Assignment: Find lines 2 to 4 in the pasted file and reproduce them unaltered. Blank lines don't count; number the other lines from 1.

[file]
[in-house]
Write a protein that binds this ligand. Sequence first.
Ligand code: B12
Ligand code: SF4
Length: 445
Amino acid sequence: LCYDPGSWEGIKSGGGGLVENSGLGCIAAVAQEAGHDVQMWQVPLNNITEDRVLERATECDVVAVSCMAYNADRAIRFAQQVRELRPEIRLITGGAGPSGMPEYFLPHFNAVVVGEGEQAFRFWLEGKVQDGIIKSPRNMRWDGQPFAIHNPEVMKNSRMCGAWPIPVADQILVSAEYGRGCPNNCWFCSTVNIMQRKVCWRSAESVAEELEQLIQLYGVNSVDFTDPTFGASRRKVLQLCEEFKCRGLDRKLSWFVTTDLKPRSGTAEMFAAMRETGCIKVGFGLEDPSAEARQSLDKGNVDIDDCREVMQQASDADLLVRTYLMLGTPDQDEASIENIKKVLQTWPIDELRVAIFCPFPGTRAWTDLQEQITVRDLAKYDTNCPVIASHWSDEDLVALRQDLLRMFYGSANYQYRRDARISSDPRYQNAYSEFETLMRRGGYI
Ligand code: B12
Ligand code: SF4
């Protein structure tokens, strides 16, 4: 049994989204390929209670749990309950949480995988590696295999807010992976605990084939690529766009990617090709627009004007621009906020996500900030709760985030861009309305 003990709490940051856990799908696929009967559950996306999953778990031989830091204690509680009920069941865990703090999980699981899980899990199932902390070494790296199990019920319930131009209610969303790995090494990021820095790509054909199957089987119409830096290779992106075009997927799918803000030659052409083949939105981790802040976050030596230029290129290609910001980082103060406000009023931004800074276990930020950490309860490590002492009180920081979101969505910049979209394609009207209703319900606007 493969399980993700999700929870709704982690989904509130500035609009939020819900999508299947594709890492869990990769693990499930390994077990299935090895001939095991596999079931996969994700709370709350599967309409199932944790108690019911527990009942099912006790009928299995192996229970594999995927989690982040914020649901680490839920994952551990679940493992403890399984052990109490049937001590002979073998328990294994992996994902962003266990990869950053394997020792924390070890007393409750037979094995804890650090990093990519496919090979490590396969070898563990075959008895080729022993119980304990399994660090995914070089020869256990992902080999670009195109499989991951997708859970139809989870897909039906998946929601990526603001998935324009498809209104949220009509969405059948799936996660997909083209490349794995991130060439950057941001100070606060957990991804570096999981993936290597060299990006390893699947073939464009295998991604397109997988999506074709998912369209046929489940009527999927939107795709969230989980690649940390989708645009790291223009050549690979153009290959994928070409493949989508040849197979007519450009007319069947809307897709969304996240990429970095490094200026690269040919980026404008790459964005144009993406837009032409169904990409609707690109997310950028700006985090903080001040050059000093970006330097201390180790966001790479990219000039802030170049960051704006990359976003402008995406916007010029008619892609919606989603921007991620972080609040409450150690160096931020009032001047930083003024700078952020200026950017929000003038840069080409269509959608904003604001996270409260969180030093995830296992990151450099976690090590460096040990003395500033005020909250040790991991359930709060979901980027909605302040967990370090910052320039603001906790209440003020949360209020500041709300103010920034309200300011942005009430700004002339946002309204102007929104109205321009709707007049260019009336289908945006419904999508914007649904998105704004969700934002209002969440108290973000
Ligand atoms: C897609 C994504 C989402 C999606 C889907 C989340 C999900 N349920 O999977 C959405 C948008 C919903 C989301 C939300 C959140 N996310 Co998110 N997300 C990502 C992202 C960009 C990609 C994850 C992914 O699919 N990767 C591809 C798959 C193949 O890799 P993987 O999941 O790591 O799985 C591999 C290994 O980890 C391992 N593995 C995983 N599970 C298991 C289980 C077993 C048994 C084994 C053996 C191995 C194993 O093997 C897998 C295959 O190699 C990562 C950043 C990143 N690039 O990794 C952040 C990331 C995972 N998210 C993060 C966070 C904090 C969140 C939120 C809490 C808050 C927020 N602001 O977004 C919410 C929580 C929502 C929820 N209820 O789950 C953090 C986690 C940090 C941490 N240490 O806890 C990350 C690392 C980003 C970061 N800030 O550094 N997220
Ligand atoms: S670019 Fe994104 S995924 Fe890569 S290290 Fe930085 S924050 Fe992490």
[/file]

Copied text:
Write a protein that binds this ligand. Sequence first.
Ligand code: B12
Ligand code: SF4